The Drifters' new "Better Day" CD
is more than just 12 songs. It's
about six inextricably intertwined
people interacting. In spite of day jobs!
by Alex Rawls Photography by Rick Olivier
lunch crowd that arrived at Liuzza's By the Track were turned
away by Susan Cowsill. In sunglasses and brown corduroy overalls,
she told the laborers and businessmen sneaking to Mid-City for
an hour, "It's closed." Sitting on the stoop, Vicki Peterson added,
"The kitchen's being remodeled. We're the disappointment committee."
When someone in a suit asked if the six of us waiting for guitarist
Robert Maché to arrive were all Continental Drifters, Cowsill
assured, "We're all Drifters," to which Peterson off-handedly
joked, "Singers and sisters," quoting a line from Vermillion's
"Drifters." In the half-hour or so it took for the band to assemble
on the corner outside the closed restaurant, the meals we would
be missing were mourned while they kindly suggested alternative
dining experiences like a roots rock Zagat's. All in all, twenty
to thirty people were sent to find lunch elsewhere by Continental
The occasion for the get-together was to discuss their new album,
Better Day, which may or may not be roots rock depending on your
definition. If "roots" is a sound, be it folky acoustic guitars
or countryish twang, then the Drifters have fallen out of that
genre if they ever were a part of it. But, if "roots"—like
the best country and folk songs—conjures up images of working
people sharing their stories, hard-learned lessons, and finding
strength in the community around them, then this is roots rock
at its finest. The small wins life offers are celebrated on this,
their third album; in "Long Journey Home," Vicki Peterson offers
perhaps the most concise summary of the record when she sings:
Forgiveness and favor earned
Traveling on lessons learned
We are all alone in this together
as far as I'm concerned.
On paper, the flinty optimism of verses like that may lead readers
to think the songs are as much fun as iodine on a skinned knee,
but the passion in the performances and the songcraft itself make
Better Day feel warm, defiant and, ironically, triumphant.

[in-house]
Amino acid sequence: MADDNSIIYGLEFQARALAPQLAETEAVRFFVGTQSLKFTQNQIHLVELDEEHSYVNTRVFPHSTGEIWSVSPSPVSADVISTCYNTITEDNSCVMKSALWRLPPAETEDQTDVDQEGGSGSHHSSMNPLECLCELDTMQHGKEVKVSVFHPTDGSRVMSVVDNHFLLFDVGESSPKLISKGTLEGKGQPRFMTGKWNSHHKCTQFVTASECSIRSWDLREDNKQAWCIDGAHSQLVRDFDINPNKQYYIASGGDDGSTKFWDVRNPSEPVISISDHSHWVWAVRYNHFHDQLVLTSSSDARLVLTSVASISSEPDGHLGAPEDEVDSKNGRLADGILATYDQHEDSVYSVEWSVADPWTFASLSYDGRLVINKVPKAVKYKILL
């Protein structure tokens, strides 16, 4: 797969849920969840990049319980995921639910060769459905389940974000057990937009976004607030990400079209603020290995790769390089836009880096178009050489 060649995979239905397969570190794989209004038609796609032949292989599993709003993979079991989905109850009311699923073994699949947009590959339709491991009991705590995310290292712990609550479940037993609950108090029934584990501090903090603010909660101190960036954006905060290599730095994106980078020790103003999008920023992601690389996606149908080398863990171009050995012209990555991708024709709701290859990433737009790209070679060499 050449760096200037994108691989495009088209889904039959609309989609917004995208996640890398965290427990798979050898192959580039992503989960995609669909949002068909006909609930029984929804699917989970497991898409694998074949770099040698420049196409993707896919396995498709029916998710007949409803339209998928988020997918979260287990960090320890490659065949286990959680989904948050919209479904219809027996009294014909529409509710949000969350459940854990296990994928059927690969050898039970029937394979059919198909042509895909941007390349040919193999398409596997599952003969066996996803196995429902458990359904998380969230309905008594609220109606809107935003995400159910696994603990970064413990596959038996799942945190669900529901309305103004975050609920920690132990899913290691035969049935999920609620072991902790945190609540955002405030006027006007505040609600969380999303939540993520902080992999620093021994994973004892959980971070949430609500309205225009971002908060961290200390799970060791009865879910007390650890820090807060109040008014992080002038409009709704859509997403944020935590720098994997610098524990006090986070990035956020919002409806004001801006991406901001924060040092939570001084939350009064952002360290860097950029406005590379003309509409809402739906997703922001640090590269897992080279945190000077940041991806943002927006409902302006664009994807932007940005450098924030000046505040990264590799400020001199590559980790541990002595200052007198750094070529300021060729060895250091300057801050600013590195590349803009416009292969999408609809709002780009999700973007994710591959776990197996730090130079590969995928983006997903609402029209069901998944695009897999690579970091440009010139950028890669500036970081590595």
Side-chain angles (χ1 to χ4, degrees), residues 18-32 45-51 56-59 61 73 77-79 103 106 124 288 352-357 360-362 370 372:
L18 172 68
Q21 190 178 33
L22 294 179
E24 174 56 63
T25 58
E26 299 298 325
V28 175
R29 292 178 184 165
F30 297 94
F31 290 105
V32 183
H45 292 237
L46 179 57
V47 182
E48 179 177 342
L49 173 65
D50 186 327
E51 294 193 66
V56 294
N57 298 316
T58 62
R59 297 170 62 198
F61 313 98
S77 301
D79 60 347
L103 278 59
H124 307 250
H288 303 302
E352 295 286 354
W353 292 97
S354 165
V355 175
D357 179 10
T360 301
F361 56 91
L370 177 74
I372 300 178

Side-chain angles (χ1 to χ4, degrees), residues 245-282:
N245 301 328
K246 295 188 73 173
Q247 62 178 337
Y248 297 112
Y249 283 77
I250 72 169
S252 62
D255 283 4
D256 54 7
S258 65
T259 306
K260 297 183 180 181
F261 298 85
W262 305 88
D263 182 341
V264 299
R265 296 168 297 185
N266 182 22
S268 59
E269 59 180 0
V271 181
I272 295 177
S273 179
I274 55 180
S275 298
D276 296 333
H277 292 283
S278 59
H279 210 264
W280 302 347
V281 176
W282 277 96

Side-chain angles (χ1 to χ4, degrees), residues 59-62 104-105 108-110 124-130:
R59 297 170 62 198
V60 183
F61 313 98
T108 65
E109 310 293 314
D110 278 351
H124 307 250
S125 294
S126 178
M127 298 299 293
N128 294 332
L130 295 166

For the band, Better Day is a change because, for one thing, "This
is the first album we've ever done that we haven't inherited songs
from previous incarnations," Maché said. Cowsill continued,
"They're songs that we haven't been playing for 25 years. They
were written this year. They're fresh." They were sufficiently
new that, according to Peterson, "We had the big show on New Year's
Eve [at the Howlin' Wolf after the Big Star reunion] and we were
scheduled to go in the studio January 2. That night was the first
time we really played the songs all together on one night in one
space of time, and I remember when we walked offstage feeling
for the first time confident that we had a record." Bassist Mark
Walton explained, "A lot of the time we'd sit in the living room,
come up with the parts, play it live for a month or two, go back
to play in the living room again, figure out a different way to
do it until we land on something. This time we didn't have that
luxury—we maybe played four or five shows."
The brief preparation for the studio is partially due to the success
of the Continental Drifters and Friends shows at the Howlin' Wolf.
They have had over 150 musicians join them onstage for those shows,
and some have been so successful that the artists like Chuck Prophet,
Kim Richey and Steve Wynn expressed interest in recording with
the Drifters. While some combinations never got to that stage,
they were nonetheless magical. "Ian Matthews—that could
have been a band," Peterson remembered. Playing with others has
become a source of pride with the band—"I think we're one
of the only bands who does it on a regular basis," Cowsill said—and
"it makes us a better band," drummer Russ Broussard pointed out.
It also has a therapeutic value because "It's great being in a
band, but try to picture ten years of just us playing every time,"
The down side of the guests though, is that "A lot of times when
we'd play the Tuesday night Continental Drifters and Friends nights,
we would want to learn new songs but the guest was more important,"
Walton explained. "Even leading up to going in the studio," Cowsill
continued, "We thought, 'We've got to have a few gigs before going
in so we can tighten this stuff up.' 'Oh, but guess who's in town
and who's playing?' Instead of tightening up our stuff, we ended
up playing someone else's stuff." As a result, the recording at
Lafayette's Dockside Studios was a very immediate, intuitive process.
"Where Does the Time Go?" was recorded in one take, while songs
like "(Down By the) Great Mistake," "Long Journey Home" and "Snow"
went through multiple takes before they decided the first one
was the best. The result, Walton said, is "A Polaroid picture
rather than a sculpture;" in musical terms, it's a nearly-instant
record of who they are in 2001.